Ballparks in major cities are serving another sporting purpose this summer: hosting international soccer matches.
In the past it wasn’t unusual for ballparks to host non-baseball sporting events, especially college and pro football. But soccer is a new player in the ballpark world. For a baseball team, converting the field for use as a soccer pitch has a few advantages: it will bring a new audience to the ballpark, and it brings in some additional revenue, as a good friendly will attract 40,000 or so. There are several MLB and MiLB organizations involved in European soccer: the Boston Red Sox, for instance, are part of the Liverpool FC ownership, so bringing that team to Fenway Park this summer is a no-brainer.
This summer’s nearly four weeks of exhibitions have a baseball flavor, with games at two early 20th century stadiums: Fenway Park (Liverpool-Roma) and Wrigley Field (Roma-Zaglebie Lubin); Yankee Stadium which was built to look like its storied predecessor; a retro ballpark, Citi Field (Ecuador-Chile); and Rogers Centre (Liverpool-Toronto F.C.), the Toronto Blue Jays’ retractable-roofed home.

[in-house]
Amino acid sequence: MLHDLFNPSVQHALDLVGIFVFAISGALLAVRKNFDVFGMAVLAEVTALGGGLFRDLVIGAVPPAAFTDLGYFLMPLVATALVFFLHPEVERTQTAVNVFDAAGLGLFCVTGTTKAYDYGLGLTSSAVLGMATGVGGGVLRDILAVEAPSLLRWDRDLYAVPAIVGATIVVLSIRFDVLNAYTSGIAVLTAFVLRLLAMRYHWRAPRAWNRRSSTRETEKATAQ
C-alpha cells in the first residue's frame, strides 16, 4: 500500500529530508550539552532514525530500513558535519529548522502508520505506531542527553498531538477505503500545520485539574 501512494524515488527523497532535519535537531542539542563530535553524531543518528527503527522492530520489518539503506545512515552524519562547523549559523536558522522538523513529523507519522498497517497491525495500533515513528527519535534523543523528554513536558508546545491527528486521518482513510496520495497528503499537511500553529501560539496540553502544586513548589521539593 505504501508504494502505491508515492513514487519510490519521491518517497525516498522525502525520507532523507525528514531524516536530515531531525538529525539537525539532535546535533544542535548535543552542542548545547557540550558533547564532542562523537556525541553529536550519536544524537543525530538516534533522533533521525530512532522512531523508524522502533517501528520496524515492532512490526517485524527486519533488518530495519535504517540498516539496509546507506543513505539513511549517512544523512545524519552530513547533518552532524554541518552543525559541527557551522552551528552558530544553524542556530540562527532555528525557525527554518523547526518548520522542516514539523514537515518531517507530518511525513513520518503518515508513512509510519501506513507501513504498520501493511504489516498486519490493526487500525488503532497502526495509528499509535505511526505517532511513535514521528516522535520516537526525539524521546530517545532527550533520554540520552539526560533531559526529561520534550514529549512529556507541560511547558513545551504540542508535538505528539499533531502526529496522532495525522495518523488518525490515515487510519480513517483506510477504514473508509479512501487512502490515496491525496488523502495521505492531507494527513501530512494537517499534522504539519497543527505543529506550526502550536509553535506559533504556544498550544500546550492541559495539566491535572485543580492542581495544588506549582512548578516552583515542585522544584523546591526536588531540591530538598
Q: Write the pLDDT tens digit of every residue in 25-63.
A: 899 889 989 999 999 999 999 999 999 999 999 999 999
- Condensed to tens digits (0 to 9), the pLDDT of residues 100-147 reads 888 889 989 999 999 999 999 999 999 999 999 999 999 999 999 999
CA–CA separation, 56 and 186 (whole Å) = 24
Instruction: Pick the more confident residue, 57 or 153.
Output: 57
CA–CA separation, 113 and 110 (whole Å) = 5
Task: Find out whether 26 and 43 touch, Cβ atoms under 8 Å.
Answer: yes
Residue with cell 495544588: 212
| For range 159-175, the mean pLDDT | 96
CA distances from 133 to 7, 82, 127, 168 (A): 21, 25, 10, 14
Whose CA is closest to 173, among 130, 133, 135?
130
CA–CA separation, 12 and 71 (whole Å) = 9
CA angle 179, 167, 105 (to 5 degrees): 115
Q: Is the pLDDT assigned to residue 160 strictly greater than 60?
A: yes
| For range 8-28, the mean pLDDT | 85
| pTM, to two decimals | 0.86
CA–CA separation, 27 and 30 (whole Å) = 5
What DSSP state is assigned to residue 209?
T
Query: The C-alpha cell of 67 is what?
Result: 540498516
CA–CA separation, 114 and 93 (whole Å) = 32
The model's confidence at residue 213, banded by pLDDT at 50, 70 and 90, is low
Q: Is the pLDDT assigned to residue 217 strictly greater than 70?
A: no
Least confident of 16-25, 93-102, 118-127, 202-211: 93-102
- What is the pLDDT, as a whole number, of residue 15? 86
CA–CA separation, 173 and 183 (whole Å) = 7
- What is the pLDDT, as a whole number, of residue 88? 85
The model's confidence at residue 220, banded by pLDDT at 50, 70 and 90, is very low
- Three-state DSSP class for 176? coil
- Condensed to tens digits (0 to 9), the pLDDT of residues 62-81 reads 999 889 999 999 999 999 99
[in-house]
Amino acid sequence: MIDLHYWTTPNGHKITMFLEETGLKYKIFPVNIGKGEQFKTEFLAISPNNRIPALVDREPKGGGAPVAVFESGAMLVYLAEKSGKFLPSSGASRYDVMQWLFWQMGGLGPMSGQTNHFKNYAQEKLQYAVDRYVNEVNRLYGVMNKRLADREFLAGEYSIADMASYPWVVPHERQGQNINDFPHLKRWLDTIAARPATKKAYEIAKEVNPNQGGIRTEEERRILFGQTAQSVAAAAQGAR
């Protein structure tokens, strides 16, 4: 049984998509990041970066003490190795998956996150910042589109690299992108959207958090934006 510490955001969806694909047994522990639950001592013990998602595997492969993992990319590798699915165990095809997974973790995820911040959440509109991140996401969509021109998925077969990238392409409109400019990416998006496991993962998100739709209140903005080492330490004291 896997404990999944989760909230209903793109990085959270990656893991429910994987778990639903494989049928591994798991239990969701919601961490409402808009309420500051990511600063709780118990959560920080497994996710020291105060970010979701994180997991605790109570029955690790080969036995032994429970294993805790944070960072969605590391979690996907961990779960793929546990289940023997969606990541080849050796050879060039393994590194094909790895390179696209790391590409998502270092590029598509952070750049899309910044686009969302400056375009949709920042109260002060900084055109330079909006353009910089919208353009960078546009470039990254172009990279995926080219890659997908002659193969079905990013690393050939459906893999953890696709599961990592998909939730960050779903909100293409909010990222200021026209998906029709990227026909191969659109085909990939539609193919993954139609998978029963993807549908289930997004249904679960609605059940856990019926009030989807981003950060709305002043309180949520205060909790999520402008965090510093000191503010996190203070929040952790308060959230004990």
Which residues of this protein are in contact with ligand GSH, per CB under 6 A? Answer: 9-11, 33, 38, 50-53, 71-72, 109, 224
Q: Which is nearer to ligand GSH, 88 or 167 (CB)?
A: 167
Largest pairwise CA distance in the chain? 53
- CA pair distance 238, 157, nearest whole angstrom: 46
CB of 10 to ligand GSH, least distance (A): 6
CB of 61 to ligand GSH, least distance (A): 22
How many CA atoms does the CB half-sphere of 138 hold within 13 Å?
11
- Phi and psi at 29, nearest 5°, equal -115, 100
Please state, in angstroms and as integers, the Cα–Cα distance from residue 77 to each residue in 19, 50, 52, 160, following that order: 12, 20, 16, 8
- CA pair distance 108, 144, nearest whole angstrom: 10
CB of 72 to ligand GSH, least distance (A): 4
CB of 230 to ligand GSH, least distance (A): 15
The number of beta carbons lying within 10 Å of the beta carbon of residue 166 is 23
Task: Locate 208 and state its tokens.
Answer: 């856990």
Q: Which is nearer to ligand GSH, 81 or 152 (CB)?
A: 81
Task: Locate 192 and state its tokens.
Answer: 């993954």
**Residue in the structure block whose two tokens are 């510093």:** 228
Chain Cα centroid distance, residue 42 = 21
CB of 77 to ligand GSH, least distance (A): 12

“We wanted some iconic venues and thought it would be cool to hit the baseball stadiums,” said Charlie Stillitano, an executive at CAA Sports. “For us, it’s good business because the fun part of seeing a different game on a baseball ground is unique. It’s a great environment and a new perspective.”
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